The artificial intelligence industry is arguably as complex as it is exciting. With the recent introduction of large language models (LLMs), the capabilities of AI are expanding in both scope and awareness. While you need extensive training to work in this field, it can seem like a tall order just to understand the concepts.
Neural networks, machine learning, natural language processing… these are just some of the terms related to the study of language models. If you’re scratching your head over how LLMs work and what they can be used for, don’t worry. We’re going to break it down in plain English in this article.
What Are Large Language Models and How Do They Work?
In the most basic terms, a language model is a computer model centered around predicting text. The model is trained on sets of text. Then, when given some text as an input, the model assigns some probability of each word in the sequence of appearing.
Traditionally, language models have been mostly utilized in computational linguistics. This includes areas such as improving speech and handwriting recognition, as well as information retrieval. Language models are considered within the study of natural language processing (NLP). NLP is essentially concerned with how we communicate with computers using human language.
The key difference with LLMs is “large.” All language models are trained to recognize characteristics of input text, which are known as parameters. However, LLMs are trained with a much greater number of parameters, often in the billions.
These parameters form the basis of a neural network. This is basically a network with a structure based on the human brain. The basic units of a neural network are called perceptrons, which are organized in interconnected layers and process data non-linearly.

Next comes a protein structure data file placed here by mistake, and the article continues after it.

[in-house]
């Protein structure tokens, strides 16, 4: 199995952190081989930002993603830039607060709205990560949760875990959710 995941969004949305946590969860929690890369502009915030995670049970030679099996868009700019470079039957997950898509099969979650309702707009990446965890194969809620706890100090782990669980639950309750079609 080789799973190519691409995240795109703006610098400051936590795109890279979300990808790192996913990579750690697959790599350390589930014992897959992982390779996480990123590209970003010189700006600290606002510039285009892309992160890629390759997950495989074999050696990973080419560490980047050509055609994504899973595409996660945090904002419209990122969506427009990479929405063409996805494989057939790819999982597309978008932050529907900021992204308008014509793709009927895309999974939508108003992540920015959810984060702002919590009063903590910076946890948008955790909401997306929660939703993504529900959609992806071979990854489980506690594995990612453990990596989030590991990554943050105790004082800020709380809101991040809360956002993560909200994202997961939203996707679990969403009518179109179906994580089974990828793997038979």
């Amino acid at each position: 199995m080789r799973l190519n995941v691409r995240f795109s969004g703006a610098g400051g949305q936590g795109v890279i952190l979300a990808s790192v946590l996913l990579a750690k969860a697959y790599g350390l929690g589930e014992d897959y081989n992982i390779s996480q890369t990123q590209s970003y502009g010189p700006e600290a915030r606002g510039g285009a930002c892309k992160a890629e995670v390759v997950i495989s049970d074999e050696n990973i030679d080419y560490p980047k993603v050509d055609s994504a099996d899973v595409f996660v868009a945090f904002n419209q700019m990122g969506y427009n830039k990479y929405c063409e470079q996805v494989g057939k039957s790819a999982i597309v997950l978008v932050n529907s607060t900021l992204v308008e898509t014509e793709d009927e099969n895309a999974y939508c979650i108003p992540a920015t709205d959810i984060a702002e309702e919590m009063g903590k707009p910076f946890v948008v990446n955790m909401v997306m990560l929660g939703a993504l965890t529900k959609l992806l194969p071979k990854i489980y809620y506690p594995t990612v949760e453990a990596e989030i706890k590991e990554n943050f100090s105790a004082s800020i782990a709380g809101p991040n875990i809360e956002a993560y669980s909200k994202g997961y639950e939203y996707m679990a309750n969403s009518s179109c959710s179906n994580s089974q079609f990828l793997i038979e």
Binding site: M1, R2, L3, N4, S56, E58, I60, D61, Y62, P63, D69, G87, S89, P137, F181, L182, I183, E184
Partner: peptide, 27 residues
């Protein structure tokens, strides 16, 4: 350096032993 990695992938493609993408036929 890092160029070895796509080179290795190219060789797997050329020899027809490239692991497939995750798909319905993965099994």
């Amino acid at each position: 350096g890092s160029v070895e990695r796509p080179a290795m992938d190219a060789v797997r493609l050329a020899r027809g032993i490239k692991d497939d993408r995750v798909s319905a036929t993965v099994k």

LLMs tend to use the transformer architecture, which enables the LLM to maximize the probability of the next assigned word. This allows developers to train the LLM in an unsupervised manner on vast amounts of textual data.
Over time, the LLM recognizes almost countless relationships between words. It’s due to this capacity to “learn” from data and improve the output that categorizes them as machine learning.
This souped-up type of language model has been around since 2018 and has drastically changed the trajectory of NLP. Instead of being focused on supervised and specific tasks, the applications are becoming more generalized.
What Can Large Language Models Be Used For?
Understandably, now that LLMs have been released commercially, much of the hype around them is to do with their uses. We’ll get into the most significant of these next.
Language Generation, Comprehension, and Translation
Unsurprisingly, one of the biggest uses of LLMs is around understanding and manipulating language. Some of the most popular LLMs so far, such as GPT-3, have a heavy focus on producing conversational text from the prompts given.
This has many uses in technical fields like translation, information retrieval, and sentiment analysis; the uses are only limited to your imagination. From content creation to writing formal letters and summarizing text, wherever the written word’s involved, there’s probably a way for LLMs to aid the process.